One of the more interesting characters in the transhumanist community is Eliezer Yudkowsky, head of the Singularity Institute for Artificial Intelligence
. He's a polymath with one of the sharpest minds you're likely to come across this side of the Singularity. And he has a plan for creating an AI that he says is based on Bayesian reasoning.
Bayesian reasoning is, simply, the correct way of drawing conclusions from evidence. Eliezer has a good, if over-long, explanation of Bayes' law
on one of his many web pages. Most people - the vast majority of people, including most trained scientists - don't understand it, and make bad decisions because of it. In some cases trained scientists are MORE likely to make these types of errors, because they've been trained in faulty, non-Bayesian reasoning, to believe things like "the absence of evidence in favor of a proposition is not evidence against that proposition." Which, Bayes' law tells us, is wrong. (As Eliezer explains it: P(A|~B) < P(A) iff P(A|B) > P(A).)
It's often difficult to have a rational conversation with someone who doesn't understand Bayes' law, because they aren't, strictly speaking, rational. This is perhaps why our public officials avoid discusion about issues whenever possible: assuming that they understand the issues, and economics, and Bayes' law, and that they have honest reasons for their policies, these reasons can make no sense to voters who don't.
However, in my professional opinion as an AI researcher, saying that you take a "Bayesian approach to AI" because you're in favor of using Bayes' law to make choices when given probabilities, makes about as much sense as saying you have an "arithmetic approach to AI" because you know how to implement multiplication and addition correctly. The hard parts of AI are not how to update the probabilities assigned to propositions. The hard parts are observing the world, and listening to the things people say, and abstracting or classifying them into the symbols that make up those propositions (if you're using propositions), and figuring out what the initial probabilities are to give to them in the first place.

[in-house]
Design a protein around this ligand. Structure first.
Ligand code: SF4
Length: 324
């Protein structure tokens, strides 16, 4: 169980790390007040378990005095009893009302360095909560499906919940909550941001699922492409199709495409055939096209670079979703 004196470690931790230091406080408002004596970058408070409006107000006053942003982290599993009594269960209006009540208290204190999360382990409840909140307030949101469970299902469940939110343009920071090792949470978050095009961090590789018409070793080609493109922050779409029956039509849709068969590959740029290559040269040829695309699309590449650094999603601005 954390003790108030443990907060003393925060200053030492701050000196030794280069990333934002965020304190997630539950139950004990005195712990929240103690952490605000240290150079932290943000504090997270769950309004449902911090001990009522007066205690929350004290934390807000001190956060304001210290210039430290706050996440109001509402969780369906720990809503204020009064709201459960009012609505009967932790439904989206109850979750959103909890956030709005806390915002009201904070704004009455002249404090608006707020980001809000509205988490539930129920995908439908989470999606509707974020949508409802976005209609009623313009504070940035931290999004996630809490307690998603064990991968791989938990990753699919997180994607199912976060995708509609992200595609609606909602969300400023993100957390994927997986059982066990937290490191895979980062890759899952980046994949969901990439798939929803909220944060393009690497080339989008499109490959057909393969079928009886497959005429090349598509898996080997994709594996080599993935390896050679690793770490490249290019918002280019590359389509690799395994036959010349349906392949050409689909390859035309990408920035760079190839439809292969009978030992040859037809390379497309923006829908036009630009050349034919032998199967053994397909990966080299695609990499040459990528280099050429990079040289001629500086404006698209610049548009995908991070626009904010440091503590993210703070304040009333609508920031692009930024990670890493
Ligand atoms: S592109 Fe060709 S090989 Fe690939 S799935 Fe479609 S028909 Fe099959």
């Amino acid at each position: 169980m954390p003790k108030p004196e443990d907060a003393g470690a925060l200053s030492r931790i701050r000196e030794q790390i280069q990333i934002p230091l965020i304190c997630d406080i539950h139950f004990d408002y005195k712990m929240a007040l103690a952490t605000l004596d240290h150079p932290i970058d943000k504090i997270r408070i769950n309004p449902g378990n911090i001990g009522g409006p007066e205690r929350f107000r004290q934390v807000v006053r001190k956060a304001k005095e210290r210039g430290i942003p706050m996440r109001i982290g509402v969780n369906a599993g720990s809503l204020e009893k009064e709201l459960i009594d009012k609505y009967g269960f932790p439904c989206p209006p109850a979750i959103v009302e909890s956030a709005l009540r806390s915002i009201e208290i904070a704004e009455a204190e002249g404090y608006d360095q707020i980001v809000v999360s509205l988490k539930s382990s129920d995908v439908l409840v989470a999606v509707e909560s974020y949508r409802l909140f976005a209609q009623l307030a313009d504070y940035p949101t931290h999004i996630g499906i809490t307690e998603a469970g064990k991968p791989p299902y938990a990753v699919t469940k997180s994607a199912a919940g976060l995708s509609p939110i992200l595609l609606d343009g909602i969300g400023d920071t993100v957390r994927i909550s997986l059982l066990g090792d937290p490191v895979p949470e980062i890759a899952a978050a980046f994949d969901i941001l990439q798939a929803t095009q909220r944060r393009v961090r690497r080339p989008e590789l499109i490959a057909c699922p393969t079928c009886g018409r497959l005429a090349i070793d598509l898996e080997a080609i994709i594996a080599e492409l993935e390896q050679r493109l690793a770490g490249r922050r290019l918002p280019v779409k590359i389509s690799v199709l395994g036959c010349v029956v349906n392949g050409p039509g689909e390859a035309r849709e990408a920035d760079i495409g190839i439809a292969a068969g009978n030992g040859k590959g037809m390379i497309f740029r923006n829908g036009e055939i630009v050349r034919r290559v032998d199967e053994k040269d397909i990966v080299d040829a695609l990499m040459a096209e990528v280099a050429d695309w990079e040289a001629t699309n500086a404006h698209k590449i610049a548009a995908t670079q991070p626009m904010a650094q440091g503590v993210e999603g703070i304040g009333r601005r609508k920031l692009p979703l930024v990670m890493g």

The puzzle is how someone as smart as Eliezer could decide that using Bayesian reasoning gives you even a leg up on creating an AI, when the verdict has been in for two decades, backed by many powerful lines of evidence too numerous to even enumerate here, that it doesn't. This was worrying away at the back of my mind as I was reading "Sex and Cognition" by Doreen Kimura on the subway, and her opening chapter was about how research on sex differences is subject to different standards of evidence than other research. Many scientists believe that research on sex differences shouldn't be published unless it's exceptionally strong. And in general, they believe that the more serious the social consequences of scientific research are, the higher the level of supporting evidence should be before we publish it.
Well, the correct way to evaluate the evidence is using Bayes' law. All that this "higher standard of evidence" does is to throw out mountains of evidence and lead us to make worse decisions. This has real social consequences, all bad. (It's even worse than that, because evidence is thrown out in a biased manner that appears to lend support to the currently-accepted hypothesis.)
Which led to an "Aha!" moment in which I think I understood how someone could grasp on Bayes' law as the basis for an AI. The appeal isn't because Bayesian reasoning solves any key unsolved problem in AI - it doesn't. The appeal is of a nation of rational Bayesian reasoners, who could elect competent officials, set rational public policies, guide scientific inquiry by reason rather than feeling, and with whom one could hold decent conversations. The pursuit of Bayesian AI isn't a science, but a Utopian vision, like the pursuit of the true communist state.